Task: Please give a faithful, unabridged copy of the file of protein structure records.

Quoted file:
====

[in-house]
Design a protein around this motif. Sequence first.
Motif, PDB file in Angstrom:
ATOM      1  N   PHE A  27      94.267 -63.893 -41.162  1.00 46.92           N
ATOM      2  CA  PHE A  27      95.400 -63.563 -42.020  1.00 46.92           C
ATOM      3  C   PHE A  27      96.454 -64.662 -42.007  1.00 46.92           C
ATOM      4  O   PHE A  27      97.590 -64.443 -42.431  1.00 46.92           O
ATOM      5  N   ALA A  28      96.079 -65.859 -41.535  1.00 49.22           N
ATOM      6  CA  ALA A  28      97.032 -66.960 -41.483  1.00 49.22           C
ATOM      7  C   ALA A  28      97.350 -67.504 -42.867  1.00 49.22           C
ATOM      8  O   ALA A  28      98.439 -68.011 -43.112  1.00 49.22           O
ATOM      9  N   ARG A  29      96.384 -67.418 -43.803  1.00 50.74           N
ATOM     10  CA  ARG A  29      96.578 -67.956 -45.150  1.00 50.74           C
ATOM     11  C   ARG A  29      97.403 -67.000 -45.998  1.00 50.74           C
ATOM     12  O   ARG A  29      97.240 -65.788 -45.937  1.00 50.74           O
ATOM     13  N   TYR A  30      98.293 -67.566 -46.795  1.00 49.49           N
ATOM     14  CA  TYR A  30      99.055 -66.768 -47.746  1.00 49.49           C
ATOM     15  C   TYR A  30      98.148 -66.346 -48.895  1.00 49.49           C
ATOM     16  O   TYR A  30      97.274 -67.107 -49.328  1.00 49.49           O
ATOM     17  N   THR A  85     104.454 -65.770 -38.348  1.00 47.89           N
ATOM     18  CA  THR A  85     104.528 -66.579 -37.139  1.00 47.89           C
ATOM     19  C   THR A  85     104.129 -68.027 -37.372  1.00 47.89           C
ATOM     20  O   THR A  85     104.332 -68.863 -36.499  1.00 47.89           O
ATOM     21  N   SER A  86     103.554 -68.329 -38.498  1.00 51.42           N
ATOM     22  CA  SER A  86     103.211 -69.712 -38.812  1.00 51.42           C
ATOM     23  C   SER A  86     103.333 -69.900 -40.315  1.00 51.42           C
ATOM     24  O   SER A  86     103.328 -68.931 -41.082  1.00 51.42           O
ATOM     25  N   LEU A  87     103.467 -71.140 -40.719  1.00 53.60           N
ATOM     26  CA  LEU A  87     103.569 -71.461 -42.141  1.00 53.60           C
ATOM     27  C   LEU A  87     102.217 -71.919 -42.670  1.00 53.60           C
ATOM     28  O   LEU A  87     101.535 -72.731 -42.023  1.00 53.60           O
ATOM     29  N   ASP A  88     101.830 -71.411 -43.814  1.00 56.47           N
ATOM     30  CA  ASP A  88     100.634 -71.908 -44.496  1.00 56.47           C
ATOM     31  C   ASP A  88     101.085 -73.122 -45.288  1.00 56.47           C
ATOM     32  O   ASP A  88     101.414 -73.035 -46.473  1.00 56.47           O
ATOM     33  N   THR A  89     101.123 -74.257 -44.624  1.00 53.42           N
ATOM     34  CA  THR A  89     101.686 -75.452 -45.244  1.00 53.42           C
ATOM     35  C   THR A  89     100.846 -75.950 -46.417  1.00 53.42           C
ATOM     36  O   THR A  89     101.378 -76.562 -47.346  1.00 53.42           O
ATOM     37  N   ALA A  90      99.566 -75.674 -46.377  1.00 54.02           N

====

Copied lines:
[in-house]
Design a protein around this motif. Sequence first.
Motif, PDB file in Angstrom:
ATOM      1  N   PHE A  27      94.267 -63.893 -41.162  1.00 46.92           N
ATOM      2  CA  PHE A  27      95.400 -63.563 -42.020  1.00 46.92           C
ATOM      3  C   PHE A  27      96.454 -64.662 -42.007  1.00 46.92           C
ATOM      4  O   PHE A  27      97.590 -64.443 -42.431  1.00 46.92           O
ATOM      5  N   ALA A  28      96.079 -65.859 -41.535  1.00 49.22           N
ATOM      6  CA  ALA A  28      97.032 -66.960 -41.483  1.00 49.22           C
ATOM      7  C   ALA A  28      97.350 -67.504 -42.867  1.00 49.22           C
ATOM      8  O   ALA A  28      98.439 -68.011 -43.112  1.00 49.22           O
ATOM      9  N   ARG A  29      96.384 -67.418 -43.803  1.00 50.74           N
ATOM     10  CA  ARG A  29      96.578 -67.956 -45.150  1.00 50.74           C
ATOM     11  C   ARG A  29      97.403 -67.000 -45.998  1.00 50.74           C
ATOM     12  O   ARG A  29      97.240 -65.788 -45.937  1.00 50.74           O
ATOM     13  N   TYR A  30      98.293 -67.566 -46.795  1.00 49.49           N
ATOM     14  CA  TYR A  30      99.055 -66.768 -47.746  1.00 49.49           C
ATOM     15  C   TYR A  30      98.148 -66.346 -48.895  1.00 49.49           C
ATOM     16  O   TYR A  30      97.274 -67.107 -49.328  1.00 49.49           O
ATOM     17  N   THR A  85     104.454 -65.770 -38.348  1.00 47.89           N
ATOM     18  CA  THR A  85     104.528 -66.579 -37.139  1.00 47.89           C
ATOM     19  C   THR A  85     104.129 -68.027 -37.372  1.00 47.89           C
ATOM     20  O   THR A  85     104.332 -68.863 -36.499  1.00 47.89           O
ATOM     21  N   SER A  86     103.554 -68.329 -38.498  1.00 51.42           N
ATOM     22  CA  SER A  86     103.211 -69.712 -38.812  1.00 51.42           C
ATOM     23  C   SER A  86     103.333 -69.900 -40.315  1.00 51.42           C
ATOM     24  O   SER A  86     103.328 -68.931 -41.082  1.00 51.42           O
ATOM     25  N   LEU A  87     103.467 -71.140 -40.719  1.00 53.60           N
ATOM     26  CA  LEU A  87     103.569 -71.461 -42.141  1.00 53.60           C
ATOM     27  C   LEU A  87     102.217 -71.919 -42.670  1.00 53.60           C
ATOM     28  O   LEU A  87     101.535 -72.731 -42.023  1.00 53.60           O
ATOM     29  N   ASP A  88     101.830 -71.411 -43.814  1.00 56.47           N
ATOM     30  CA  ASP A  88     100.634 -71.908 -44.496  1.00 56.47           C
ATOM     31  C   ASP A  88     101.085 -73.122 -45.288  1.00 56.47           C
ATOM     32  O   ASP A  88     101.414 -73.035 -46.473  1.00 56.47           O
ATOM     33  N   THR A  89     101.123 -74.257 -44.624  1.00 53.42           N
ATOM     34  CA  THR A  89     101.686 -75.452 -45.244  1.00 53.42           C
ATOM     35  C   THR A  89     100.846 -75.950 -46.417  1.00 53.42           C
ATOM     36  O   THR A  89     101.378 -76.562 -47.346  1.00 53.42           O
ATOM     37  N   ALA A  90      99.566 -75.674 -46.377  1.00 54.02           N